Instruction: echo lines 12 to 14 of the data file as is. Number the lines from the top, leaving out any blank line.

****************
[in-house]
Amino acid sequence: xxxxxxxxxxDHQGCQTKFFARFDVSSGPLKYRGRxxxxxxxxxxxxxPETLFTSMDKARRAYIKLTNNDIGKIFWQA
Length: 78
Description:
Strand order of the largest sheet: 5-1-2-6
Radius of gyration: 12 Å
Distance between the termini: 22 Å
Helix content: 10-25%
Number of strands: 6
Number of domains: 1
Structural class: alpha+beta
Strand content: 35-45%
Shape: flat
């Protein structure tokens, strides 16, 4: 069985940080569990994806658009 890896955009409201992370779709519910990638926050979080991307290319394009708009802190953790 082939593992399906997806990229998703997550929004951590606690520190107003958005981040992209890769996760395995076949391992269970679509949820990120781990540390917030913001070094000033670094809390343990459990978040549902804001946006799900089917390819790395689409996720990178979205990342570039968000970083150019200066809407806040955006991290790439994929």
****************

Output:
Strand content: 35-45%
Shape: flat
């Protein structure tokens, strides 16, 4: 069985940080569990994806658009 890896955009409201992370779709519910990638926050979080991307290319394009708009802190953790 082939593992399906997806990229998703997550929004951590606690520190107003958005981040992209890769996760395995076949391992269970679509949820990120781990540390917030913001070094000033670094809390343990459990978040549902804001946006799900089917390819790395689409996720990178979205990342570039968000970083150019200066809407806040955006991290790439994929």